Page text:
By Tova Fruchtman

While Sandy Springs residents wondered if they should boil their water, government officials from Sandy Springs and the City of Atlanta Department of Watershed Management were hard at work to respond to the series of problems they faced after a hole was accidentally drilled in a water main off Georgia 400, north of Sandy Springs.

Janet Ward, the public relations specialist at the City of Atlanta Department of Watershed Management said she has never seen a series of events like what occurred over the weekend, starting with the water main break at around 2:30 p.m. on Thursday.

The break was unpreventable, Ward said. “This is not an old main,” she said. “There was somebody working in the area who just drilled a hole right through it.”

After Atlanta Watershed Management found out about the break they sent crews out there to explore the damage.

The 48-inch main, which is in a gully in a forested area, could not be reached with the equipment needed to do the repairs without cutting down some trees, Ward explained, and sunset was approaching. So, the repair had to be delayed until the next morning when a path to the main could be cleared with day light.

Water services were to remain intact throughout until the repairs were scheduled to begin, and residents in the affected areas were told through media outlets and reverse 911 calls to reserve water in bathtubs and containers or buy bottled water to last them through the repair.

After a short delay in the water shut off – at the request of area restaurant owners – water was turned off at 9 p.m. on Friday to begin repairs on the main. By mid-afternoon on Saturday the leak was repaired, Ward said, but then, Atlanta Watershed Management spotted another problem.

A valve was closed and water was not getting to an area past the just-repaired main. “It was locked shut,” Ward said. “That happens sometimes when valves get old.”

While they knew which valve was locked shut underground, finding the spot above ground was a challenge. With development thriving throughout the Atlanta area, Ward said, often valves get paved over.

“That’s actually something that cities all over the country are struggling with right now,” she said. “The incredible growth in urban areas has made a lot of city’s maps obsolete.” Such is the case with many of the maps Atlanta water has, Ward said.

In fact, updating the maps is a goal for the Commissioner of the Department of Watershed Management Robert Hunter, she said. But the processes will cost millions of dollars and with a $3.2 billion Clean Water Atlanta capital improvement program going on, the updating will have to wait.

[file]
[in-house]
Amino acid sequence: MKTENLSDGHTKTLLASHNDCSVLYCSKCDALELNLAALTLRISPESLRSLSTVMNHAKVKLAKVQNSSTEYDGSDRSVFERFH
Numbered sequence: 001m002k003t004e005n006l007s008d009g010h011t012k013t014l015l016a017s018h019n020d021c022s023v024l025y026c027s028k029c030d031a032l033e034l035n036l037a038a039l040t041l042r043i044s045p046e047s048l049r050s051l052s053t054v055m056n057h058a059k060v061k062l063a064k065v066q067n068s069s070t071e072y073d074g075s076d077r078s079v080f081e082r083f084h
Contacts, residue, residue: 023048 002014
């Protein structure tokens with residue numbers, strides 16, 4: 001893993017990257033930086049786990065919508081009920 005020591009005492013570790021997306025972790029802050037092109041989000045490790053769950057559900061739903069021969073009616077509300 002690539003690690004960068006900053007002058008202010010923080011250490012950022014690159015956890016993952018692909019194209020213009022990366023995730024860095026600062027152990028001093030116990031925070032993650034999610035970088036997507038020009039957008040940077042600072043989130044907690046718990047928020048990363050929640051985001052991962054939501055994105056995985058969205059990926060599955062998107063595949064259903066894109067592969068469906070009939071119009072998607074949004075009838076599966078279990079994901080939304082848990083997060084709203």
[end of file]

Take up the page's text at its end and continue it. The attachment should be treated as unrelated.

Without updated maps, however, the process of locating the locked valve took even longer. When they finally located it, they had to shut the valve just upstream to do the work. Then they had to dig 10 to 12 feet to repair the broken valve.

Working until about 8 p.m. on Sunday night the crews finally determined they would have to get a specialist to the valve first thing Monday morning because they could not open the valve themselves. Everyone left, except for one crew.

The boil water advisory remained in effect through Tuesday as a safety precaution while Atlanta Watershed Management tested for contamination. By 2:30 p.m. Tuesday, the advisory was over.

It took cooperation between the City of Atlanta and Sandy Springs to make the repair successful, officials said. As the Sandy Springs government worked to provide up-to-date information to residents, they also kept in close contact with Fulton County Emergency Operations personnel and the City of Atlanta along with area hospitals.

“Communications ranged from several conference calls with all parties represented to face-to-face meetings,” Sandy Springs City Manager John McDonough said.

Ward remembers Sandy Springs Public Works Manager Angelia Parham spending her weekend at the worksite as they repaired the main and then the valve.

“We had Sandy Springs folks on site a lot. They were helping with their website and with outreach to the public,” Ward said. “They are in the community so they know how to get the world out.”

And McDonough said the city will continue to work with the City of Atlanta and Fulton County to improve the system with which they respond to water outages.

“The city serves as an advocate for our citizens when they have issues that they are unable to resolve directly with Atlanta Water,” he said.

But Commissioner Hunter hopes those same citizens can appreciate the work that goes into providing that water.

“Our focus over the weekend was on one thing: providing service to our customers,” Hunter said.

Katie Fallon contributed to this report.